News in Brief 9 December 2016 (PM)

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Participants at the Internet Governance Forum; Photo:IGF

"Stubborn" digital divide exacerbates inequalities

A "stubborn" digital divide is exacerbating inequalities among countries and delegates attending the UN Internet Governance Forum are calling for it to be closed.

Particular attention was also paid to youth, gender and the technological gap that exists between developed and developing countries.

After four days of intense debates, recommendations were made to provide connectivity at affordable rates and raise people's awareness about the benefits of the internet.

On the forum's closing day, a lack of interest was cited as a serious obstacle to greater internet usage.

The lowest levels of Internet use are in sub-Saharan Africa with less than three per cent of the population online, in countries like Chad, Sierra Leone, Niger, Somalia and Eritrea.

Other issues tackled include human rights and freedom of expression online, multi-stakeholder cooperation and cybersecurity.

50 million jobs needed to ensure essential health care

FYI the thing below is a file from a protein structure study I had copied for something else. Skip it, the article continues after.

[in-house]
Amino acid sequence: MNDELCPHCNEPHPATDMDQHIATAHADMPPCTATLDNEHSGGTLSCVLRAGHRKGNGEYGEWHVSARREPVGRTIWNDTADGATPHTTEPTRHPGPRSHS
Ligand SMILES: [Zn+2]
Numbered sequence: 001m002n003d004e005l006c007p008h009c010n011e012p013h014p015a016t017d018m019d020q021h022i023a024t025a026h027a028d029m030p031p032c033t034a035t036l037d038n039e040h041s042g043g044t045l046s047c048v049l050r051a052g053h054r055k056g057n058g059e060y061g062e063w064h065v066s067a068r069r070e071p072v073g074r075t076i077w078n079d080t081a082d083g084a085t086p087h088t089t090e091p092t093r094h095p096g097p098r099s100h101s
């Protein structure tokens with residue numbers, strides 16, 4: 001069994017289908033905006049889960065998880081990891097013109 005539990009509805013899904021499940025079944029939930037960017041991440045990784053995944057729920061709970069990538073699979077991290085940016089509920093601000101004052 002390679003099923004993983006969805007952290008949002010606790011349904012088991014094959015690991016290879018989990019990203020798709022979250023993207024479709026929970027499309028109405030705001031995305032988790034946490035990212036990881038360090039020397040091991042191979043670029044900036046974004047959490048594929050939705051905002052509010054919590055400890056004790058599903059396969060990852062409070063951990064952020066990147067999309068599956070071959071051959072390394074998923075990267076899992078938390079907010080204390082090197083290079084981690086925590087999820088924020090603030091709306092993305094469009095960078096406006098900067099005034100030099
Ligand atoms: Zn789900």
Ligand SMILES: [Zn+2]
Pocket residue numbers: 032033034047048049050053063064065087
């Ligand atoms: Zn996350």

Some 50 million jobs are needed to ensure essential health care, particularly with respect to highly infectious diseases like Ebola, a new UN study has found.

The report by the International Labour Organization (ILO) provides new data on the employment effects of so-called health economies, in 185 countries.

It takes an "unprecedented" approach by including all workers in the wider economy contributing to the delivery of healthcare and services in global health supply chains.

The data also shows how a large invisible workforce of 57 million unpaid workers fills in for the huge shortages of skilled health workers.

Most of them are women who gave up employment to provide care, for example to older family members.

Environmental crime threatening peace, security in countries

More than 80 per cent of countries view environmental crimes as a "national priority" and the majority believe it presents a threat to peace and security.

That's according to a new report conducted by researchers working for INTERPOL and the UN Environment Programme (UNEP).

According to the report, global environmental crimes amount to some $91billion to $258 billion annually and are frequently bound to other criminal activities.

For example, terrorist groups and other criminal networks fund their activities through the exploitation of resources in conflict zones.

The report estimates that at least 40 per cent of internal conflicts are linked to the exploitation of natural resources.

Elsewhere, criminal groups take advantage of poverty-stricken communities, creating incentives for people to resort to illegal poaching, logging, fishing, or mining.

Priyanka Shankar, United Nations.

Duration:3’02″

 

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